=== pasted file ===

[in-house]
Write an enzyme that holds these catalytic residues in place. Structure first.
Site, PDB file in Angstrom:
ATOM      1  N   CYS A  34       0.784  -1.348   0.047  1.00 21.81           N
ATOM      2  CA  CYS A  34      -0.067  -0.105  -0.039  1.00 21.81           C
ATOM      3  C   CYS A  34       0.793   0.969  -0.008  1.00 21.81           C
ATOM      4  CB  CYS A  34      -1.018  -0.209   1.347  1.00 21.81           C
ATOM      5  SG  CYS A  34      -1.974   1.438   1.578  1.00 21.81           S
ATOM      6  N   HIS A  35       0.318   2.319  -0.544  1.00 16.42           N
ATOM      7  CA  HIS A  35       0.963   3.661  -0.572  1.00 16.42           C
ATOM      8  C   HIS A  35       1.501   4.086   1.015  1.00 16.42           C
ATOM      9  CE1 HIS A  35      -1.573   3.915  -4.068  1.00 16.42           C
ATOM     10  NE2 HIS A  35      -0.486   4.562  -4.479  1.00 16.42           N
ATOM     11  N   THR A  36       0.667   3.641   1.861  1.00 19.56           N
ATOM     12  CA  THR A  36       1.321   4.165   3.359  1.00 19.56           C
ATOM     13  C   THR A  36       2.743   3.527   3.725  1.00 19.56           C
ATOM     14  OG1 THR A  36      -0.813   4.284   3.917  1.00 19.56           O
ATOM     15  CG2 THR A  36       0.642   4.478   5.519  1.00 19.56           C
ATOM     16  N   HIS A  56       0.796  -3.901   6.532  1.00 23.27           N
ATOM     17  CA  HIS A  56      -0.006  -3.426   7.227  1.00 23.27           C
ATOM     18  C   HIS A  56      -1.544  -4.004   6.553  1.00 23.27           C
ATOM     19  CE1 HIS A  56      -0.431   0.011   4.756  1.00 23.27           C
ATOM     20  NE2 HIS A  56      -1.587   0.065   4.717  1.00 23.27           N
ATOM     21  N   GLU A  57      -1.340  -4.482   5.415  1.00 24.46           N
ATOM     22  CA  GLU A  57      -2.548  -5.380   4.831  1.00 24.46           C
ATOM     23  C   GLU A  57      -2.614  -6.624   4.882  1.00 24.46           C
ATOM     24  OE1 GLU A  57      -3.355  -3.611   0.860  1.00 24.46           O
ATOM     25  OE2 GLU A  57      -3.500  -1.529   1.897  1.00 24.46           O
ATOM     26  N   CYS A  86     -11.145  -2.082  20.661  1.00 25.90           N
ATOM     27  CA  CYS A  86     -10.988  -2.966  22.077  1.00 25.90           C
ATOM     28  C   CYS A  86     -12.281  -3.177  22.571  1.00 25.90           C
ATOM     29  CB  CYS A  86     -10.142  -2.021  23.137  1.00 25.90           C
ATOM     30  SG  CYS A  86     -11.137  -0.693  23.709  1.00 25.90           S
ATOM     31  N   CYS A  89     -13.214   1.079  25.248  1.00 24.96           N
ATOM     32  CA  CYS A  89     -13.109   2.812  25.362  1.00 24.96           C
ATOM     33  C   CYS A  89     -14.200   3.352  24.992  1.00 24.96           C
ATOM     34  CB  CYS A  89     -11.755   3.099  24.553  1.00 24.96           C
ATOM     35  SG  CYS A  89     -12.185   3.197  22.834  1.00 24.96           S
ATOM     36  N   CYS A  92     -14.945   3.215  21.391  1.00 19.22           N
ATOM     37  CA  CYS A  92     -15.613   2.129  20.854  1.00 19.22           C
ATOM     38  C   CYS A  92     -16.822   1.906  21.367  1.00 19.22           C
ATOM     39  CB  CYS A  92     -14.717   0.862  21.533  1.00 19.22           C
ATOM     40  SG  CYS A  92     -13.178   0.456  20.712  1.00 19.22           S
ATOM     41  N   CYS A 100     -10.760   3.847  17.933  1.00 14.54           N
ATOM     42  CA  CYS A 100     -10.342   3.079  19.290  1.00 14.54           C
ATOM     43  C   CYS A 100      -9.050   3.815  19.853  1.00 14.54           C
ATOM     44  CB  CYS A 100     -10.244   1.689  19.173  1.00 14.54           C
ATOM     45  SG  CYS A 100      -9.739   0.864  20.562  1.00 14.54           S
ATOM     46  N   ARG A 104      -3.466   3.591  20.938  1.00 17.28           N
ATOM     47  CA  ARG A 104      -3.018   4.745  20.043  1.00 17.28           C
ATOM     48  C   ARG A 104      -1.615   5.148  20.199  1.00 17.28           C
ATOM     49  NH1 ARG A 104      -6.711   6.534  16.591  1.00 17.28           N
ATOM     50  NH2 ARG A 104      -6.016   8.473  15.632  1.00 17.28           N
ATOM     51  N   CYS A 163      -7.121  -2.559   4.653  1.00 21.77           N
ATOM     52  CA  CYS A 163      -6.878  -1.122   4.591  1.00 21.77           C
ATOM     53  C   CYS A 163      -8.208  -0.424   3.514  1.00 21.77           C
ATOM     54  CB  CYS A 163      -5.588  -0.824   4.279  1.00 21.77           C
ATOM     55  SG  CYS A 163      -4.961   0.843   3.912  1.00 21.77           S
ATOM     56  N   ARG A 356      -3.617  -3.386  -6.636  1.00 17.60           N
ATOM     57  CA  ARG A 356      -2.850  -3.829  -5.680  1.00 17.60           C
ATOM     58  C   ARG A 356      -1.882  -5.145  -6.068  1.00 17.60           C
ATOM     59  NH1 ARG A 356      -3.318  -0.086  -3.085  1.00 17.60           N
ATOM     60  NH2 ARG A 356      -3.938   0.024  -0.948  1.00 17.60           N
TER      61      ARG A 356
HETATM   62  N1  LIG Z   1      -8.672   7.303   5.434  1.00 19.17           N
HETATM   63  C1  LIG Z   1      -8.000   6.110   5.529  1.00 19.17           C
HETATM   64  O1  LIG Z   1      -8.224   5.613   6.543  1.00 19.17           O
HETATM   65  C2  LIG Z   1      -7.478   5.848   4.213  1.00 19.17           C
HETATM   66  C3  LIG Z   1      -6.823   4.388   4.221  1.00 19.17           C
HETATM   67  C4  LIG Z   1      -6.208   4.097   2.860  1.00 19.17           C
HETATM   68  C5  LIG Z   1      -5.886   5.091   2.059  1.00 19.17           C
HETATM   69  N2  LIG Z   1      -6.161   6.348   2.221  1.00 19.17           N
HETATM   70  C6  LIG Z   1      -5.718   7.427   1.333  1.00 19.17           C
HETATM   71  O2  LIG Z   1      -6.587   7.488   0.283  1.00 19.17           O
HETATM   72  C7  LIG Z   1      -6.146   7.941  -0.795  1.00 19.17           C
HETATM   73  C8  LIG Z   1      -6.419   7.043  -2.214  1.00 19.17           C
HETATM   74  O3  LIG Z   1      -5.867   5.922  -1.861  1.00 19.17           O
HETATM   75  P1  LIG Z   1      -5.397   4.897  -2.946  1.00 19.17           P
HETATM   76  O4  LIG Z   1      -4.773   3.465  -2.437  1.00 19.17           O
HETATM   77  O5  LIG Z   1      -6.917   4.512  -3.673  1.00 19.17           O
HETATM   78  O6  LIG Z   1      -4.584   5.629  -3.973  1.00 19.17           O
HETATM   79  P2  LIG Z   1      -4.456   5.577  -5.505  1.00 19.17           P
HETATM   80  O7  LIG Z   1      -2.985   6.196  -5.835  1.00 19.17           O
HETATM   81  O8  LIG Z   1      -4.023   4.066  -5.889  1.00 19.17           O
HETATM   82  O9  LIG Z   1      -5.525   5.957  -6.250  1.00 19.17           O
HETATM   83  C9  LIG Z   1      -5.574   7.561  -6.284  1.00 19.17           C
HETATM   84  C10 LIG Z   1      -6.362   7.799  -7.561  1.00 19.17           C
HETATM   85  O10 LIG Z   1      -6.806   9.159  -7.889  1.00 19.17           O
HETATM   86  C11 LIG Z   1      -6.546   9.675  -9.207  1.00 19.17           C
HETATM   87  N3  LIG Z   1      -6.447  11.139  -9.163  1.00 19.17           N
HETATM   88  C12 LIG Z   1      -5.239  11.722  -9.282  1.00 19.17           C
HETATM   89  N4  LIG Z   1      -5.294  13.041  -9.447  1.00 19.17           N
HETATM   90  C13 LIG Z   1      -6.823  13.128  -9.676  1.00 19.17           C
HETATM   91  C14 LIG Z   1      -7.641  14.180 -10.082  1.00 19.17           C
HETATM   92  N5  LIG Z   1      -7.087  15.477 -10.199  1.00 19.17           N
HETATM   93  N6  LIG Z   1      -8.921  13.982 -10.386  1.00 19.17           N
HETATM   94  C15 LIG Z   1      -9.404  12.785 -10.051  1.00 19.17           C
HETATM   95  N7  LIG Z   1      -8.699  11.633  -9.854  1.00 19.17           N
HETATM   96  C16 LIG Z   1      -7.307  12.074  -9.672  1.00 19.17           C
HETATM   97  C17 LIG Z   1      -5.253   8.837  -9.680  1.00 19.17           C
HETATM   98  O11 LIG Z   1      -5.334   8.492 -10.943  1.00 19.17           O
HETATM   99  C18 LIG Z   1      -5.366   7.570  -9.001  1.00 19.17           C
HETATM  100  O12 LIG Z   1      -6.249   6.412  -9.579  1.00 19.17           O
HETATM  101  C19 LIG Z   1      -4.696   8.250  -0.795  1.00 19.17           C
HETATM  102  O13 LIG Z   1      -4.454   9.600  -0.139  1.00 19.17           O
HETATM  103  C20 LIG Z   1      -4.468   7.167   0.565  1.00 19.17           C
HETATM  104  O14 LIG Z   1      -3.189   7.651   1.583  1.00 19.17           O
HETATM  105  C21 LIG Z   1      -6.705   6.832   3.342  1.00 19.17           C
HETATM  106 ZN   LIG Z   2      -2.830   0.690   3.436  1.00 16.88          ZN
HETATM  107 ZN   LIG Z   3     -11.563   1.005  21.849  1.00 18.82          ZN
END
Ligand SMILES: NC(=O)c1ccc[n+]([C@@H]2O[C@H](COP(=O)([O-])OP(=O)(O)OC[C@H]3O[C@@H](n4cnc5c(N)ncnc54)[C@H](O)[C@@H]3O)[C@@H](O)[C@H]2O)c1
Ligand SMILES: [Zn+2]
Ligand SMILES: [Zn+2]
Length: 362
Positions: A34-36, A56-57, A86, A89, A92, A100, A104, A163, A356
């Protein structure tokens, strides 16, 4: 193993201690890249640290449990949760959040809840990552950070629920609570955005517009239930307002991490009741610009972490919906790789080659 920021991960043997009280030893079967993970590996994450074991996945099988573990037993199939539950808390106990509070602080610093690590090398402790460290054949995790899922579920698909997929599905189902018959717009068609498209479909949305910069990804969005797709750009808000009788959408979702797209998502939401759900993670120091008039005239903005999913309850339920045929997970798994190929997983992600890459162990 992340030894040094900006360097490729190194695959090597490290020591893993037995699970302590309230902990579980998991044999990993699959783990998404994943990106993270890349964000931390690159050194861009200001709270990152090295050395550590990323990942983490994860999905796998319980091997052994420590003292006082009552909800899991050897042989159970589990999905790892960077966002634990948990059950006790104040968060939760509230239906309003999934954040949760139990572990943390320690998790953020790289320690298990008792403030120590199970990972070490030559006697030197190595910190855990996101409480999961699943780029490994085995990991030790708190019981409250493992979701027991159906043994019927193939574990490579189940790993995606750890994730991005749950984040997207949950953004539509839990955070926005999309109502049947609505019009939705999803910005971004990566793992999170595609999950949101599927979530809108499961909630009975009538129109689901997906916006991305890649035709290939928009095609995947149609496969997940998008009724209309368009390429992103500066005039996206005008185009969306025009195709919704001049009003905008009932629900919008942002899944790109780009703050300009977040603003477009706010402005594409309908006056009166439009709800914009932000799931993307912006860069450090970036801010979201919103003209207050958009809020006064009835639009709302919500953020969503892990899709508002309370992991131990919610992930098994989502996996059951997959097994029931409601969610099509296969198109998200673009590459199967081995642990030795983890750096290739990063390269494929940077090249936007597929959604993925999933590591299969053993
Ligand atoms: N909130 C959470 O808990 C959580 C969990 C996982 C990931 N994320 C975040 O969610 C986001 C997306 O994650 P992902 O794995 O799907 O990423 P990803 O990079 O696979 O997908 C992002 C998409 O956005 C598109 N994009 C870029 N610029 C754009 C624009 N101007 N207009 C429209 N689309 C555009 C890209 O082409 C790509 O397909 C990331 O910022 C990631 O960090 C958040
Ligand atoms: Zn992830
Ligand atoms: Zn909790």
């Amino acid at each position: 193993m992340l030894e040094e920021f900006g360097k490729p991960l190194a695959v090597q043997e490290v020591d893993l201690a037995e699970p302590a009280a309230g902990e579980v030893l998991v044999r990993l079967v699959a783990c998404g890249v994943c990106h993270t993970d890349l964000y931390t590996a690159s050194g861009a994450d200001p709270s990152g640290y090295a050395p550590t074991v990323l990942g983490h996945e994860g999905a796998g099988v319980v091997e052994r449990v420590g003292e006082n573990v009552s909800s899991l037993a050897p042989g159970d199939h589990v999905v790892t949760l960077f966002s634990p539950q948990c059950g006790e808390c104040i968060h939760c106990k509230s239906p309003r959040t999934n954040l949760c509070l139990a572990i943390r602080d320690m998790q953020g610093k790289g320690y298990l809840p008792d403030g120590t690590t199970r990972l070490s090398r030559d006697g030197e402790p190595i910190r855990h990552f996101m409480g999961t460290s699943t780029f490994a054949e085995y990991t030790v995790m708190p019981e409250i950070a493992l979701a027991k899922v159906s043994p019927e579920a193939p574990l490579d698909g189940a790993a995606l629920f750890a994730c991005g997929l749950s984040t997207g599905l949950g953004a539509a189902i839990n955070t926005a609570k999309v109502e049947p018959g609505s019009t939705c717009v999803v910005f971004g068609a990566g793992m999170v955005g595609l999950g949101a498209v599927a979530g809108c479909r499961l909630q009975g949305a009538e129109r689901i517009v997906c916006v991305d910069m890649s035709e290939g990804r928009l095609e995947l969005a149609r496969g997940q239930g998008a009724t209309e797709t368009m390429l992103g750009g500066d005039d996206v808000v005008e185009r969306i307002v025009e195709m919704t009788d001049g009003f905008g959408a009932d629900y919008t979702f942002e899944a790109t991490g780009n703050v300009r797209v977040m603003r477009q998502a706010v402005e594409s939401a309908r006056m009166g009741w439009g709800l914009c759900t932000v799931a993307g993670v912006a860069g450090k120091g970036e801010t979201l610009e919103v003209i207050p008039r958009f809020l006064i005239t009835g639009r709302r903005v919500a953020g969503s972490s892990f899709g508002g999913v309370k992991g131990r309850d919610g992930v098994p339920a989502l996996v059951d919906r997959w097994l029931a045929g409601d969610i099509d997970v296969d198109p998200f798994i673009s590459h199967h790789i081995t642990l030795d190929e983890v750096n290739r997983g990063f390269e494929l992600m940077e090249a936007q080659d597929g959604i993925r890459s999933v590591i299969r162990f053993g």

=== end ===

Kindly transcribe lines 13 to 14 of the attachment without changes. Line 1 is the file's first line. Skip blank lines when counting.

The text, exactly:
ATOM     10  NE2 HIS A  35      -0.486   4.562  -4.479  1.00 16.42           N
ATOM     11  N   THR A  36       0.667   3.641   1.861  1.00 19.56           N